Fears of traffic chaos if turbines get green light

THE chaos caused on small rural roads in Northumberland by construction traffic to a wind farm site could be repeated in the Borders if the developer gets the go-ahead to build similar projects in this region.

That was the warning from campaigners battling against plans by Infinis for wind farms at Cummings Hill, four miles south of Jedburgh near Chesters, and at Windy Edge, close to Hermitage Castle.

Infinis intends submitting planning applications this spring to Scottish Borders Council for seven turbines up to 126.5m in height (to blade tip) at Cummings Hill, with another 20 similar in size earmarked for Windy Edge.

But Philip Kerr, chair of Chesters Wind Farm Action Group, and his opposite number at the Hermitage Action Group, Malcolm McGregor, want Scottish Borders councillors to contact local authority representatives in the Longhorsley area of Northumberland and get an update concerning what they described as the “dreadful experience” of the local community during Infinis’ construction of the Wingates wind farm.

The two men’s concerns were exacerbated after several recent incidents in Northumberland, including a vehicle delivering a turbine part becoming stuck for over an hour and another, in December, when a crane blocked the same road after icy conditions caused it to skid.

Details of the proposed traffic routes which Infinis hope to use for its construction traffic to the two Borders developments are expected to be submitted shortly, along with the planning applications. These, said Mr McGregor, will need detailed and careful scrutiny to determine their viability.

“We are all aware of the nature of the roads in Upper Liddesdale and how vital their continued accessibility for the whole community of Liddesdale, including Newcastleton, is,” Mr McGregor told TheSouthern. He went on: “The thought of the emergency services, school buses and residents on their way to and from their workplace, being caught up in these sort of road blockages and slow-moving loads, as experienced in Northumberland, would be a nightmare. Our road network in this part of the Borders was never designed for these kinds of abnormal loads being placed upon them – they struggle enough with the forestry wagons as it is.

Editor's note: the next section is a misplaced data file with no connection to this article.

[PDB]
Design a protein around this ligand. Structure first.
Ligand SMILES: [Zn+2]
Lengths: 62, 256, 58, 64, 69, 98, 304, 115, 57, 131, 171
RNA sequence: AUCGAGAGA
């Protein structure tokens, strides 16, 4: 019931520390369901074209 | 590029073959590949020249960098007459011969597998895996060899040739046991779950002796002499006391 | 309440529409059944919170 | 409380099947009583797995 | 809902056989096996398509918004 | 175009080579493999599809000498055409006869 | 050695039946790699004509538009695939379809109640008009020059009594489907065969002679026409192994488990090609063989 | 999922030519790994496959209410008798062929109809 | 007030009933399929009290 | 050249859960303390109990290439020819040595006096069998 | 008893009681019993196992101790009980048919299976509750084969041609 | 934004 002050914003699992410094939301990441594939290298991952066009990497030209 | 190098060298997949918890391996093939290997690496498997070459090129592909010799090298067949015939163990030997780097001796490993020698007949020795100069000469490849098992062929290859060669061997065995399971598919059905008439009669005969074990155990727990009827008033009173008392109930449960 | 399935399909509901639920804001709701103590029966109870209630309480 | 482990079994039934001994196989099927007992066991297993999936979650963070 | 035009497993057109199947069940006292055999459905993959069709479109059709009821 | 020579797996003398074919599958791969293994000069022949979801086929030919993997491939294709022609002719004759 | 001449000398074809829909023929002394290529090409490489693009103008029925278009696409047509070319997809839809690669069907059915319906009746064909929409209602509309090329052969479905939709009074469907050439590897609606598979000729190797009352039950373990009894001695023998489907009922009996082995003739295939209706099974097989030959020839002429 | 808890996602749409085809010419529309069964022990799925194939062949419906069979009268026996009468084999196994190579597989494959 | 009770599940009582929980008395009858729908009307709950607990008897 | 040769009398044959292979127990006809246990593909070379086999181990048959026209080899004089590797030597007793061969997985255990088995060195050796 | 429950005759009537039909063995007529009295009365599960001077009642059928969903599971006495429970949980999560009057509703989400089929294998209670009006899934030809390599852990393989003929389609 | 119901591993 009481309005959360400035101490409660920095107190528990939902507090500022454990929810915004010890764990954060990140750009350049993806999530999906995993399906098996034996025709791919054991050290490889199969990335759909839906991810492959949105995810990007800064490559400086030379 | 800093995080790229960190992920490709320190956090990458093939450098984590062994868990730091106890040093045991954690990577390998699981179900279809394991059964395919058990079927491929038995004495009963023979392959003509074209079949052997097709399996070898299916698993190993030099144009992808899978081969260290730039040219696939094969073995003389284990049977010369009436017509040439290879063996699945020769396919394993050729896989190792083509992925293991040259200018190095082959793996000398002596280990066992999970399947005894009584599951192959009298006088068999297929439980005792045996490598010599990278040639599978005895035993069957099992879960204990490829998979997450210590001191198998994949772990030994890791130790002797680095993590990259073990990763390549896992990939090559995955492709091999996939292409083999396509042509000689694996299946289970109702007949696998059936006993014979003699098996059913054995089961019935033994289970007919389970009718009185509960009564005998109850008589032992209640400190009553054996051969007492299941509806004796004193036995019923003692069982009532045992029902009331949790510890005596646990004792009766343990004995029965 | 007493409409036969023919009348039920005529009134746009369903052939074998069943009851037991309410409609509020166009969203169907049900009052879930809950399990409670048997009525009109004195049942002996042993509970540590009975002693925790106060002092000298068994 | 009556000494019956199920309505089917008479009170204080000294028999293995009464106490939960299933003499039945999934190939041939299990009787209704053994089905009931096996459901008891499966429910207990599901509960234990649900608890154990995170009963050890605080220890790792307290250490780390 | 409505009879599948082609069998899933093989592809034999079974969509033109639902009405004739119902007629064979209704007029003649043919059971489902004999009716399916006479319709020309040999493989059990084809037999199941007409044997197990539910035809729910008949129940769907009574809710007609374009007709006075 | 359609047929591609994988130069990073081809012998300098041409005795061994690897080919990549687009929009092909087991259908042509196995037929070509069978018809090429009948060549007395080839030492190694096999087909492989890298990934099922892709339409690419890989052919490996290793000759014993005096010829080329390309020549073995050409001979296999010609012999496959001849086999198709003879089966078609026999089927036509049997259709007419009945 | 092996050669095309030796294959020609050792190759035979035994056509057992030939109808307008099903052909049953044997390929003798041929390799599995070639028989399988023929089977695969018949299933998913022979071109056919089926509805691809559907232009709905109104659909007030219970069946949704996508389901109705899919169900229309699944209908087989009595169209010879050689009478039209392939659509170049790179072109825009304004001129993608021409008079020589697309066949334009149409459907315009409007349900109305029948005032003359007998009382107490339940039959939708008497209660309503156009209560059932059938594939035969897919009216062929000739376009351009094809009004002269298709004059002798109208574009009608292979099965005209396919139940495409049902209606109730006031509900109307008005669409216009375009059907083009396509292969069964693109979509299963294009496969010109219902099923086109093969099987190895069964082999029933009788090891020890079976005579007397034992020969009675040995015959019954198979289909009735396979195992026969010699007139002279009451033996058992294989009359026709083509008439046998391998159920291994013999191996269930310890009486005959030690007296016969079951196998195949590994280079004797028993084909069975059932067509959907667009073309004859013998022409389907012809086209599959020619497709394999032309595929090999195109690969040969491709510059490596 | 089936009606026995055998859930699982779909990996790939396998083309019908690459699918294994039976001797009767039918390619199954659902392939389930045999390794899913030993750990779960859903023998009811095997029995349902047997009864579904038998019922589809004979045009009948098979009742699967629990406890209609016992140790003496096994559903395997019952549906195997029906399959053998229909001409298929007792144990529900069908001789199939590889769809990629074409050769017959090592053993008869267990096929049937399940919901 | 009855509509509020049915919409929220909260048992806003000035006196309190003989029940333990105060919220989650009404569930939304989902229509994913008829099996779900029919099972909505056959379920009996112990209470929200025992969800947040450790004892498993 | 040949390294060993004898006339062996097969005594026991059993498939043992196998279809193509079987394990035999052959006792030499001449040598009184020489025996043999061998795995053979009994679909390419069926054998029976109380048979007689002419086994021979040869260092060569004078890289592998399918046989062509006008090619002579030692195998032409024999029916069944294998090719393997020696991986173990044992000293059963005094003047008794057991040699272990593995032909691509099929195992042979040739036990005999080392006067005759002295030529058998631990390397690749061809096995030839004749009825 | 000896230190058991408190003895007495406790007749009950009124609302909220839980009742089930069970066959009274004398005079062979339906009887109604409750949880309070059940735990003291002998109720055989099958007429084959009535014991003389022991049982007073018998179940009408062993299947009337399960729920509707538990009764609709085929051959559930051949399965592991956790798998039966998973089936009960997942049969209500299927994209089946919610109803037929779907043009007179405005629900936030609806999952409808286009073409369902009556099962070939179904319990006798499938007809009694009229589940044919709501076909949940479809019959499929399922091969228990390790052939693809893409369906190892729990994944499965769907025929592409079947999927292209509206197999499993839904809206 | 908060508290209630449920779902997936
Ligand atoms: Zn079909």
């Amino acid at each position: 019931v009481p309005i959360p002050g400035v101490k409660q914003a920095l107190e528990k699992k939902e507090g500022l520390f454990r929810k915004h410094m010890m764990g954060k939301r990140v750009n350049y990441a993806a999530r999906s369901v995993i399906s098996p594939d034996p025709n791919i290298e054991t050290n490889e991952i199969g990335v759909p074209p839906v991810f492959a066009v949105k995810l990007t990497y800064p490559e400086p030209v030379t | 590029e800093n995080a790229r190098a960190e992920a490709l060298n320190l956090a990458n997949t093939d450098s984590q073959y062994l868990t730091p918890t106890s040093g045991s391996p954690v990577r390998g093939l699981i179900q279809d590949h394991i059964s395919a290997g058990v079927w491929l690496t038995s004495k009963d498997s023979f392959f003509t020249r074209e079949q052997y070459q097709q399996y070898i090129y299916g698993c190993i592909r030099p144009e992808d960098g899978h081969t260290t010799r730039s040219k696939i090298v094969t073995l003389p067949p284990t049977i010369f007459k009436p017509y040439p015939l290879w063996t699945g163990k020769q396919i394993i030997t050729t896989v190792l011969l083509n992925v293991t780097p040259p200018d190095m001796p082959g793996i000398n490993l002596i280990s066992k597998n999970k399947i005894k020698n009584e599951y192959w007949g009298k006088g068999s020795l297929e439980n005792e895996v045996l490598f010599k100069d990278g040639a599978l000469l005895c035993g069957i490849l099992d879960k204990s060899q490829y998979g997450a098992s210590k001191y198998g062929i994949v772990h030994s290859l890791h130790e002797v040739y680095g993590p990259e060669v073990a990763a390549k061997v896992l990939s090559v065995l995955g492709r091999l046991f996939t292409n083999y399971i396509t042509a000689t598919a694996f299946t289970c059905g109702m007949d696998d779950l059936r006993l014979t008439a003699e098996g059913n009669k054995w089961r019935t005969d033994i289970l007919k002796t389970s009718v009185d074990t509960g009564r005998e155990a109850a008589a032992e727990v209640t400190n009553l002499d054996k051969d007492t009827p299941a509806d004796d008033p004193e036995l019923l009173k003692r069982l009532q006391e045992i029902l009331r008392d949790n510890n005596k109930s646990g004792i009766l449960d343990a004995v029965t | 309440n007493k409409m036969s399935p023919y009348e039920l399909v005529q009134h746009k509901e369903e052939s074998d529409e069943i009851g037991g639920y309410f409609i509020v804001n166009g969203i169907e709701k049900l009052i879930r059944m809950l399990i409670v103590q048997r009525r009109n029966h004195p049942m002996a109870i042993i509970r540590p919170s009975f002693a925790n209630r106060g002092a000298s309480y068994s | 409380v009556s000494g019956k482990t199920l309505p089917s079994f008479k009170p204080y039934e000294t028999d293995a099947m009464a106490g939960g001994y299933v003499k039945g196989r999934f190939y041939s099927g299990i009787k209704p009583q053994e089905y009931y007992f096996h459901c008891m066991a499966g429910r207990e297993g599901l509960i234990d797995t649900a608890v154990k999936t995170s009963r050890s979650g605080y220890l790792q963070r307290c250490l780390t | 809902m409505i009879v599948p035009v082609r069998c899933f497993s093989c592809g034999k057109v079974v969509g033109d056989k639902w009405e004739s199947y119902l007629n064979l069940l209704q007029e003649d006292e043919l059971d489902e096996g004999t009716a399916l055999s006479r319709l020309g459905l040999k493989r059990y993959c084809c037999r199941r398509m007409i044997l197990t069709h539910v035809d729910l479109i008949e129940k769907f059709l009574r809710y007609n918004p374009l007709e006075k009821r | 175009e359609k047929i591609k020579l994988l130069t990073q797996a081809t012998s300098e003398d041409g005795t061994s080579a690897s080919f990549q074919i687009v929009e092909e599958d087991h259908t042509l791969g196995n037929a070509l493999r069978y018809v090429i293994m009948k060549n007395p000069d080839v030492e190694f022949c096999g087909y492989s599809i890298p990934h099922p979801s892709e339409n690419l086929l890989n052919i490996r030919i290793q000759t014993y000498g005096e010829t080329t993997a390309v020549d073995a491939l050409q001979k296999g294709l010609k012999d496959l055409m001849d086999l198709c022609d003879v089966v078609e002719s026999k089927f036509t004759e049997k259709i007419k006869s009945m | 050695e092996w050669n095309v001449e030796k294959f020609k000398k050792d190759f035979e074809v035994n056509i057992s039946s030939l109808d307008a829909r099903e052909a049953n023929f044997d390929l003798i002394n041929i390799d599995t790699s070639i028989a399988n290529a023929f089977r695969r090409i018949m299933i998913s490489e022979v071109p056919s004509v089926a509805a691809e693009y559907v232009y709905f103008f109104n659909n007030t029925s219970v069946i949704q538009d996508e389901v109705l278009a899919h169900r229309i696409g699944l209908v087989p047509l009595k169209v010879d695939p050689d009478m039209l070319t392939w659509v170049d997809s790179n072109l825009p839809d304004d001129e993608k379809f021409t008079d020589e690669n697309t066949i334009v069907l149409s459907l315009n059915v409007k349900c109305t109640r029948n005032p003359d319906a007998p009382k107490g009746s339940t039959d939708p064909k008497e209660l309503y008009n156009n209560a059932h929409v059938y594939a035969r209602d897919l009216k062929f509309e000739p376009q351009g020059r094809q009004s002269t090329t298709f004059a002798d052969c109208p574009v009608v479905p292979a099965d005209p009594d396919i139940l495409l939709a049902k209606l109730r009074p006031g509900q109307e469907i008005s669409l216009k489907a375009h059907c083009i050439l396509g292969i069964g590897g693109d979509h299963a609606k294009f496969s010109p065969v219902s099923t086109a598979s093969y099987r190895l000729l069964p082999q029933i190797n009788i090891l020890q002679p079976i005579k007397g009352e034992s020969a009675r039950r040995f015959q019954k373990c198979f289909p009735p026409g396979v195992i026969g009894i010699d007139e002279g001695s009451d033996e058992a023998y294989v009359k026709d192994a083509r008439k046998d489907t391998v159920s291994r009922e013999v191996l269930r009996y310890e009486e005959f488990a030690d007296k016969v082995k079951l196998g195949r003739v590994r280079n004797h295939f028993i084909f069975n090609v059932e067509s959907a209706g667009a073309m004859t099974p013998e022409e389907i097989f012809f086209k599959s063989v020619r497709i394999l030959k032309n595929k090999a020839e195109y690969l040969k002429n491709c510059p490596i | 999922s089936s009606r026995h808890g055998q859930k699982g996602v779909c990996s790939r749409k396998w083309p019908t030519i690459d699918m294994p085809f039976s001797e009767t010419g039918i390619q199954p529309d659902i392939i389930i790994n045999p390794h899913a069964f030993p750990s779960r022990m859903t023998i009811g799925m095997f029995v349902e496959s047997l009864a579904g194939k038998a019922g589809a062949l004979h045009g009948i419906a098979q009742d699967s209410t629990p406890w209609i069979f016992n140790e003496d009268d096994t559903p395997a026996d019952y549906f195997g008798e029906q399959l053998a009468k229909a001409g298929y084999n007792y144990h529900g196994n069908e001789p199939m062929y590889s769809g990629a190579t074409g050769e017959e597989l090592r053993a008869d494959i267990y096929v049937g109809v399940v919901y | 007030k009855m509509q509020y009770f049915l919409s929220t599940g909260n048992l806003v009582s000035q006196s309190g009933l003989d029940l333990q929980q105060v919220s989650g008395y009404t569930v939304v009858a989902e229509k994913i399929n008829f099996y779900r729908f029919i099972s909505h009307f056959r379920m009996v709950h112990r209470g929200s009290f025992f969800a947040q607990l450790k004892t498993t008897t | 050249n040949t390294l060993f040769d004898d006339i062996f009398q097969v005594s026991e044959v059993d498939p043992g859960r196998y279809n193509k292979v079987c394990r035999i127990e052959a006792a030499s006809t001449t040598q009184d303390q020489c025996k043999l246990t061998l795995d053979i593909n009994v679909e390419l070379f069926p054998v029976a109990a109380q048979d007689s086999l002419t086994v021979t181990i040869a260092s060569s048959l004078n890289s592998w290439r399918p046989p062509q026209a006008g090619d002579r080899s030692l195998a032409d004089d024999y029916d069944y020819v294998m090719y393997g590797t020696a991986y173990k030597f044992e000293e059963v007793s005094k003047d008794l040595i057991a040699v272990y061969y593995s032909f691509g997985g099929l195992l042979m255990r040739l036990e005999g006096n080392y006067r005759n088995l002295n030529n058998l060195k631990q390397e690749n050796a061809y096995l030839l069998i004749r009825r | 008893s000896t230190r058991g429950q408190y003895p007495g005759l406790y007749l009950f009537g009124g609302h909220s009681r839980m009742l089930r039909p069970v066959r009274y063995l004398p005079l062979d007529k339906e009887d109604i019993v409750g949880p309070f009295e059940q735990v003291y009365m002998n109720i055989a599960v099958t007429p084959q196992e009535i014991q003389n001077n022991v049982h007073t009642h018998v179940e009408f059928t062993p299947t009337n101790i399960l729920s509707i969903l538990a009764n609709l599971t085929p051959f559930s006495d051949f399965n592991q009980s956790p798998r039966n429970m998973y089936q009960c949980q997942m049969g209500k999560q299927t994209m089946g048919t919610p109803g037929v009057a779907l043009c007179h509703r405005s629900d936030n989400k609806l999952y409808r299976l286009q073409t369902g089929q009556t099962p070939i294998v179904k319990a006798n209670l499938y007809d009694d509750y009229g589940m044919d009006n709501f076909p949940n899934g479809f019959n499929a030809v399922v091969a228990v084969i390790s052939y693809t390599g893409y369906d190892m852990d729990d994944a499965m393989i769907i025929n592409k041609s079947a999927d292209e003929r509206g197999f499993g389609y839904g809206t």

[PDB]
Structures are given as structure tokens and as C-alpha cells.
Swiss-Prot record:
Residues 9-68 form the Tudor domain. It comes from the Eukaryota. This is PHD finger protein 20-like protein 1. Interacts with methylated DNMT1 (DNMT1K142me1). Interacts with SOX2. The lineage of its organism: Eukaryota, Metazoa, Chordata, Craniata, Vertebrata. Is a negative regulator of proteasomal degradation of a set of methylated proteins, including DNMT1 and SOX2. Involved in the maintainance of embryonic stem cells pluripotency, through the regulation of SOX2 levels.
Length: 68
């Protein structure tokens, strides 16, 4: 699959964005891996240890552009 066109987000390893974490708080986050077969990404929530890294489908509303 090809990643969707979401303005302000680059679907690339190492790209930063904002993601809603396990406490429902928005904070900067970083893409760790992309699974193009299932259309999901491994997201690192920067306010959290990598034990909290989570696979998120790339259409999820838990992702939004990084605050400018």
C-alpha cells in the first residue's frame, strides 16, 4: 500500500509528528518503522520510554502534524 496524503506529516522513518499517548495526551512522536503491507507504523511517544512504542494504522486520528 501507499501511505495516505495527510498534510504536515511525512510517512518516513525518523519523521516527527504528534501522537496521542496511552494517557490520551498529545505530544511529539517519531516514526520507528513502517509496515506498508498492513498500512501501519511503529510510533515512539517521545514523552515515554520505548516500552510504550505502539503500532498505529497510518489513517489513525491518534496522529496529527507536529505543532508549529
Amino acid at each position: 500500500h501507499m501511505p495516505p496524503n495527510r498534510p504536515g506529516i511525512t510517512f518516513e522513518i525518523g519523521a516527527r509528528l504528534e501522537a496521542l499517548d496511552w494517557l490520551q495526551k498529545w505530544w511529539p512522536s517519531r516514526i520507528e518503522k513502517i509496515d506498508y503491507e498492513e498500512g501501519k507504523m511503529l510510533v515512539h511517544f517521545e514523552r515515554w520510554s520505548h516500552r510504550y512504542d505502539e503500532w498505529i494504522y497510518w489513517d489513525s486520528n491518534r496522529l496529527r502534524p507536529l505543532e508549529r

“Obviously, the thought of hundreds of loads of aggregates for the turbine foundations, passing along the roads as well, and possibly through the Holm, will make matters even worse.”

A recent letter to the developers from SBC planning officer John Hiscox highlighted a number of concerns from the council, including the potential traffic impact and, in particular, the traffic impact on Chesters village.

In their response to Mr Hiscox, the agents for Infinis, Jones Lang LaSalle, said the local authority’s fears on a number of matters – which also includes the potential visual impact from such iconic landmarks as the Carter Bar – were noted.

“Only once all of the assessments are concluded and the potential effects known will it be appropriate to consider and arrive at a view as to the acceptance or otherwise of the proposals,” stated Jones Lang LaSalle director Craig Wallace.